Saturday, June 25, 2005

Going to a Restaurant With Young Children

Having young children all but guarantees that you will face different challenges every day. Some of these challenges will be major, such as dealing with illnesses; others will be minor, such as dealing with bickering over toys. A lot of challenges with children come when we take them out in public. When we are at home, we can relax the rules a little bit. Our kids can run around, scream, jump on the furniture, and do a whole bunch of other things that we would never dream of letting them do outside the home. Being out in public means children need to be on their best behavior, or pretty close to it. This is especially true when we take our young children out to eat at restaurants.

Clearly, if we go to a fast food chain such as McDonald's or Burger King, we don't have to be as strict regarding the children's behavior. But when we go to sit-down restaurants, even when they are billed as "family restaurants," we owe it to the other patrons to try to keep our children relatively calm and quiet. There are several ways we can go about doing this.

If your child is still a baby, then you probably won't have anything to worry about. You can count on her sleeping for a good portion of the time, and you can have a bottle ready for when she wakes up. Babies are usually pretty content to just sit in their removable car seats while mom and dad dine. If your baby does start crying, please don't just ignore her. That can be very annoying for other diners. Instead, pick her up and do all the same things you would do at home to soothe her. If your baby doesn't seem to want to stop, one parent ought to walk her around outside the restaurant. The other parent can continue eating, and then get the remainder of the food boxed up to go. It might sound like a drastic thing to do, but the other patrons will be grateful to you.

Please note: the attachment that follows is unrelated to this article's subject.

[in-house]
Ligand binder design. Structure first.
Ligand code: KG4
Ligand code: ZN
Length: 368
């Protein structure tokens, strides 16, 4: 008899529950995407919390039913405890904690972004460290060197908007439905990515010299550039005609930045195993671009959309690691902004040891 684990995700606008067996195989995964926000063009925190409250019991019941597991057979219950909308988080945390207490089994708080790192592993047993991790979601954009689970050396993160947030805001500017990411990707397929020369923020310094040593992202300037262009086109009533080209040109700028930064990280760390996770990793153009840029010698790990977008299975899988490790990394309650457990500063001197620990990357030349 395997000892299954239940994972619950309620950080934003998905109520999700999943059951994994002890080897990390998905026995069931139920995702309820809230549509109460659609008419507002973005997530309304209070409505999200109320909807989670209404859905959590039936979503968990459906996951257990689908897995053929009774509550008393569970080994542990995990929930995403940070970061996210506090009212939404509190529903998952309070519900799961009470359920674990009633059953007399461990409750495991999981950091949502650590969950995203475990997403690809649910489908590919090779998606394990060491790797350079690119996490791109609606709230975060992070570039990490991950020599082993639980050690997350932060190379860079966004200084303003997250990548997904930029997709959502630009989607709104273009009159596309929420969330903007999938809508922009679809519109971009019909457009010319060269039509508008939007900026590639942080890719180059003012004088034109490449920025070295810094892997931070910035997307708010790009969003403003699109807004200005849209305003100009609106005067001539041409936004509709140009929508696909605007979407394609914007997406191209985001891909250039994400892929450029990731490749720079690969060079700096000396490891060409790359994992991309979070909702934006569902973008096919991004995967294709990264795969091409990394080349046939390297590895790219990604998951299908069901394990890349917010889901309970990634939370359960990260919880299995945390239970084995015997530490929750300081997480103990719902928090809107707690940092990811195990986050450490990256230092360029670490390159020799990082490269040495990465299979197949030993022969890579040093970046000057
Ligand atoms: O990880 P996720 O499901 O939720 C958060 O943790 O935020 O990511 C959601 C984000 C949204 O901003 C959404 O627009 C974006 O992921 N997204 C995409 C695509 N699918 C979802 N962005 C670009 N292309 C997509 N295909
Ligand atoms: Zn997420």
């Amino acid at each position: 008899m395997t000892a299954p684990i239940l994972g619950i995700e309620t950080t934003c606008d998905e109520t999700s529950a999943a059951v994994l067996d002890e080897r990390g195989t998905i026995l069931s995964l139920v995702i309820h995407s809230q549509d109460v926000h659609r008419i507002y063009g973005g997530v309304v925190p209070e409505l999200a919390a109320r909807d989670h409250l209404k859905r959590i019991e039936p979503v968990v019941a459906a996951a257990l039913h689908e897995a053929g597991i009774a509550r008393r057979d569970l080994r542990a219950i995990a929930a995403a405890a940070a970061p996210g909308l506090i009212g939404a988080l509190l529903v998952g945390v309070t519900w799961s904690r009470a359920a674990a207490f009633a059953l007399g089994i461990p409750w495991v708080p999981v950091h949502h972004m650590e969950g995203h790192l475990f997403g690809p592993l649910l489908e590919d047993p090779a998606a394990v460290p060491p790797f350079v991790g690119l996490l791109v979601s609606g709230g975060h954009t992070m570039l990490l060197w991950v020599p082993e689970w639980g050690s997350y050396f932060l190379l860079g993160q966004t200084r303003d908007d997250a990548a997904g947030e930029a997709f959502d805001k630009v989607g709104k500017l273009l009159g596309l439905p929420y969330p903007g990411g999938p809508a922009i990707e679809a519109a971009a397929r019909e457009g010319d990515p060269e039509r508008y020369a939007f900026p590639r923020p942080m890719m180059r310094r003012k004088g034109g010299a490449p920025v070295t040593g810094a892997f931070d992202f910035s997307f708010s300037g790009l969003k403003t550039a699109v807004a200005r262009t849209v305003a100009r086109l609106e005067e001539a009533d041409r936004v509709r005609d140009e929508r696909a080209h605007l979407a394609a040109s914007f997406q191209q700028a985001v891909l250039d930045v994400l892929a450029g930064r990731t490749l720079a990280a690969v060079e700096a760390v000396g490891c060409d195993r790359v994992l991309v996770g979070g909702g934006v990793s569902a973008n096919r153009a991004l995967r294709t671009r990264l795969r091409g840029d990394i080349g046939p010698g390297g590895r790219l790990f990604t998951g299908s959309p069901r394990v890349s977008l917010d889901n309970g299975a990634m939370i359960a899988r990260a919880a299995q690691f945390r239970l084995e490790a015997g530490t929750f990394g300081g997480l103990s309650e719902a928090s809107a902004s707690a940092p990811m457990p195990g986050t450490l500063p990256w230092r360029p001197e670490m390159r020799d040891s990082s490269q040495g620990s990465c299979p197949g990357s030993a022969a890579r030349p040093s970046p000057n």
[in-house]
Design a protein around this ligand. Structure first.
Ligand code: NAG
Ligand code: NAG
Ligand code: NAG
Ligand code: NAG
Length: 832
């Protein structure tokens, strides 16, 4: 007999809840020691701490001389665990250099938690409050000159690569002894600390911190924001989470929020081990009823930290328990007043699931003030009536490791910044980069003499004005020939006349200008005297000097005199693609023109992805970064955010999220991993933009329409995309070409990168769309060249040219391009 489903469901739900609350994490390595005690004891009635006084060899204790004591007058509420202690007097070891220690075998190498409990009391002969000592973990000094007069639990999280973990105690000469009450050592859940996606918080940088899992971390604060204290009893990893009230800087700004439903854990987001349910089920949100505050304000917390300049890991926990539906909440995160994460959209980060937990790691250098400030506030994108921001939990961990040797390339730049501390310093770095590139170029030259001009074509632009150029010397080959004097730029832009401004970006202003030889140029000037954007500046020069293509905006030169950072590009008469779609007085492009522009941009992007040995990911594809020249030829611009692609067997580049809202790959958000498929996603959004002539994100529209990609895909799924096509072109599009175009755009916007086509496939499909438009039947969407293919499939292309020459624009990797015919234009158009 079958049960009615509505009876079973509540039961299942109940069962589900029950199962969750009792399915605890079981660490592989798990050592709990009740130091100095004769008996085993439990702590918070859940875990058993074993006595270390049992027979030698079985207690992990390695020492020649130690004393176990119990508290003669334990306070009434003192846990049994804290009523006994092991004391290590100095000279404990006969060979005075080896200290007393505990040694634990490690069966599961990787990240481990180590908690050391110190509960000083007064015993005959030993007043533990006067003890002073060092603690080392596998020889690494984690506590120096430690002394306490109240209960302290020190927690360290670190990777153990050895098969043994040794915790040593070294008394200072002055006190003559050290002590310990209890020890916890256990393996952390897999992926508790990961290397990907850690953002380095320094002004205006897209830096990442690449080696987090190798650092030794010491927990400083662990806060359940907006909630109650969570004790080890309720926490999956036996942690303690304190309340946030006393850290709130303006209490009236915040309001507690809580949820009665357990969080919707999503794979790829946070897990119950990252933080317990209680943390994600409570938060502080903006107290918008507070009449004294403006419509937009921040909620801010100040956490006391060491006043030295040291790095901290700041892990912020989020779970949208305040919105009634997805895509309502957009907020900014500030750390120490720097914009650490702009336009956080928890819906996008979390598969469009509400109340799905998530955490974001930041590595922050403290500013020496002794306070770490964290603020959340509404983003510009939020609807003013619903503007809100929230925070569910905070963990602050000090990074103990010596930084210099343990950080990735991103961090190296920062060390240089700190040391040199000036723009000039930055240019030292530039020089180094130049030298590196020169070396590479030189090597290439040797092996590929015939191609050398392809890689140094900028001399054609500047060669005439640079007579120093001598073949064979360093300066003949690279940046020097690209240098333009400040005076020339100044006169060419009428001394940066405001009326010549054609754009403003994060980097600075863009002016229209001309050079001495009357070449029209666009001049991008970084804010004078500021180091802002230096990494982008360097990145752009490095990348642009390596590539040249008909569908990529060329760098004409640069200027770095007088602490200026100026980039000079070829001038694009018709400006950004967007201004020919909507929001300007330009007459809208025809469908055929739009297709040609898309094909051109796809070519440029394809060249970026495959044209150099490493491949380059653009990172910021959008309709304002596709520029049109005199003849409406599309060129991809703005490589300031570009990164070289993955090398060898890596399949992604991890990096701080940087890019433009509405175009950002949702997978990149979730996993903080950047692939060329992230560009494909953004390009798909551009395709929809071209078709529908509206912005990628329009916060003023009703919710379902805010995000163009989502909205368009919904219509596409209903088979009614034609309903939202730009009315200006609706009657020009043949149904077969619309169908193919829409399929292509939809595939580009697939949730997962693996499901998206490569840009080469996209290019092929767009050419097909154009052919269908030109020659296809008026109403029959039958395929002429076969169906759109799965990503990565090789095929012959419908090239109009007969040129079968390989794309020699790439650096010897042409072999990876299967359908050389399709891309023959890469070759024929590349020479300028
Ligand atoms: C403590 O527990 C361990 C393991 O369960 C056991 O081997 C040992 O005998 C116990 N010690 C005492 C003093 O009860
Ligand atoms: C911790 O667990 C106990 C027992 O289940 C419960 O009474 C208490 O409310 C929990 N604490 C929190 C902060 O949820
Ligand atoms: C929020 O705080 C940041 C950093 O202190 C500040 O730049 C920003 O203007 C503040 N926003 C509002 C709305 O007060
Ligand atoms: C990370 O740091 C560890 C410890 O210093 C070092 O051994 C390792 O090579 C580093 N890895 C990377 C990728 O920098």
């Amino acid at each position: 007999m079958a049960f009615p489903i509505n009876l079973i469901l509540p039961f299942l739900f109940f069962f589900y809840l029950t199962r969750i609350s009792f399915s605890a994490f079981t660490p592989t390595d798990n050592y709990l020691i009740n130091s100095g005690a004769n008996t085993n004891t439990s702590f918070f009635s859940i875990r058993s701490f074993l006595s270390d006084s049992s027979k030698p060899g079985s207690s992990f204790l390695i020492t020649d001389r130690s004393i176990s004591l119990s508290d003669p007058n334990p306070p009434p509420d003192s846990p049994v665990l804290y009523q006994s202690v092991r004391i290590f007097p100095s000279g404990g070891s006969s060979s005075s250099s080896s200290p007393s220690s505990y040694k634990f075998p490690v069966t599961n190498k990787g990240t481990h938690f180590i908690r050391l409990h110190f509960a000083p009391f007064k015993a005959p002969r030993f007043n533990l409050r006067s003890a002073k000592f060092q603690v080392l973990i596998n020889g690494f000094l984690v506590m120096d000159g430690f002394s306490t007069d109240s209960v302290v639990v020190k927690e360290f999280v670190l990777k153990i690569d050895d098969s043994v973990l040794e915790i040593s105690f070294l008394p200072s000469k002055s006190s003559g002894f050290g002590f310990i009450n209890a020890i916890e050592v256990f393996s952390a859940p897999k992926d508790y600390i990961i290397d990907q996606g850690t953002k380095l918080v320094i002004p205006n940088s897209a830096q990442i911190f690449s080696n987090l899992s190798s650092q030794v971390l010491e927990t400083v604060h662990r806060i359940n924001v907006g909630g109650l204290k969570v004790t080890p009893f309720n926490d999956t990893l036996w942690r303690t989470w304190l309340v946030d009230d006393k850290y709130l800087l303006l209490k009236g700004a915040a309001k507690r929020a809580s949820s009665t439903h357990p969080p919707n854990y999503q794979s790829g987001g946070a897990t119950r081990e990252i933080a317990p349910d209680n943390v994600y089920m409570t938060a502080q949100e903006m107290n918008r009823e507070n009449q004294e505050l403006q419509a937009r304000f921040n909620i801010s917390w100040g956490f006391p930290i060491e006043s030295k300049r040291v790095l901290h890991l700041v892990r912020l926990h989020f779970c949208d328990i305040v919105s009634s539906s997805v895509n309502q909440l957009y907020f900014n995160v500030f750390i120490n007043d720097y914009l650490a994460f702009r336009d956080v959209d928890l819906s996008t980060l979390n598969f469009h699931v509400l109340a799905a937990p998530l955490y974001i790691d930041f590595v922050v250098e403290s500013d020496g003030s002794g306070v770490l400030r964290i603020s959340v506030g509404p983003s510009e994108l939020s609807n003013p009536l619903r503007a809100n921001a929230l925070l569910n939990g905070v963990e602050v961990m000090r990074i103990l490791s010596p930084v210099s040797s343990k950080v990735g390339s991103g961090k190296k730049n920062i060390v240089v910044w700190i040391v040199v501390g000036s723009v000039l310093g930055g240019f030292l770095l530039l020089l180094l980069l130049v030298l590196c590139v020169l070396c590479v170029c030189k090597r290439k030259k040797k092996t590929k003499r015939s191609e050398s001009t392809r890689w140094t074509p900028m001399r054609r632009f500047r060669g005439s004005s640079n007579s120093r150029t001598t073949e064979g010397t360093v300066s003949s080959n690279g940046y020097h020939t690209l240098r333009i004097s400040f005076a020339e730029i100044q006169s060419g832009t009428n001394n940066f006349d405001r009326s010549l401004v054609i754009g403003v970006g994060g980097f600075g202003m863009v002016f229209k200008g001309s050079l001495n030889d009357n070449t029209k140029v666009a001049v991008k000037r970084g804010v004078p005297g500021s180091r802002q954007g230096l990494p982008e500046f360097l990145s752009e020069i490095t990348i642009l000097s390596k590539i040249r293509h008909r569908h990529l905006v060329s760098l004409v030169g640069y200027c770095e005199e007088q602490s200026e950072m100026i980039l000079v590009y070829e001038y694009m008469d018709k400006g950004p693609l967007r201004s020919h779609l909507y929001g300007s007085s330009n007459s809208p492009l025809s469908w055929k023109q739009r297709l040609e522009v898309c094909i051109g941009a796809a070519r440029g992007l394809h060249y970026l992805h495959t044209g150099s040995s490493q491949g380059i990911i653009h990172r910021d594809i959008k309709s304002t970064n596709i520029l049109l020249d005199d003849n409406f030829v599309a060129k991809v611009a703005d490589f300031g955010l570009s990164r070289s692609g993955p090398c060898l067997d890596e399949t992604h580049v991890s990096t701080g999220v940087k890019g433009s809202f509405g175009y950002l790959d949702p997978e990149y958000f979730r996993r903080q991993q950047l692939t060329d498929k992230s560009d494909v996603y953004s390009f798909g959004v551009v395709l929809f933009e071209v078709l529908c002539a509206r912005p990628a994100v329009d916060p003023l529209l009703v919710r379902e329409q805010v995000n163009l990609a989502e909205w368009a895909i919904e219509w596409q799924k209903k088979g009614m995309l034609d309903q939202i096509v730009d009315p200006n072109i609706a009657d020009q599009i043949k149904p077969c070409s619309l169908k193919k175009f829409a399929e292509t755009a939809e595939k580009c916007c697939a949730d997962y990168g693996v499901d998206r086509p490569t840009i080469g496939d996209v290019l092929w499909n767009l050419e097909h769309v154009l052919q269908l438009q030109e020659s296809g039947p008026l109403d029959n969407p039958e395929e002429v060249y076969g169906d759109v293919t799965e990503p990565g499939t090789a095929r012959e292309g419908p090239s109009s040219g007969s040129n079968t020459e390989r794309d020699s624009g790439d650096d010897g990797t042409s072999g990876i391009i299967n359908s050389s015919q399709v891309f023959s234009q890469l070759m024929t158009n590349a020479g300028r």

Dealing with toddlers in restaurants can be a little trickier. If you have a picky eater in your brood, you might want to try feeding her a favorite meal before you go to the restaurant. Then when you are out to eat, you can just order a side dish or dessert for your child that you know she will eat. This is much easier than engaging in public battles over eating all her vegetables or cleaning her plate.

Toddlers will also require some light entertainment. Many family restaurants have crayons and coloring sheets for the young ones, but I wouldn't absolutely count on it. Bring your own crayons and coloring books from home, or bring some other favorite toys or books. It would be best to bring quiet toys rather than ones that blare music, electronic noises, or computerized voices that could disturb other diners. You should do everything you can to help your child remain entertained throughout the hour-long meal.

Just because you have children, it doesn't mean you can't go to restaurants anymore. By following these tips, you can help make your next restaurant visit a good one!

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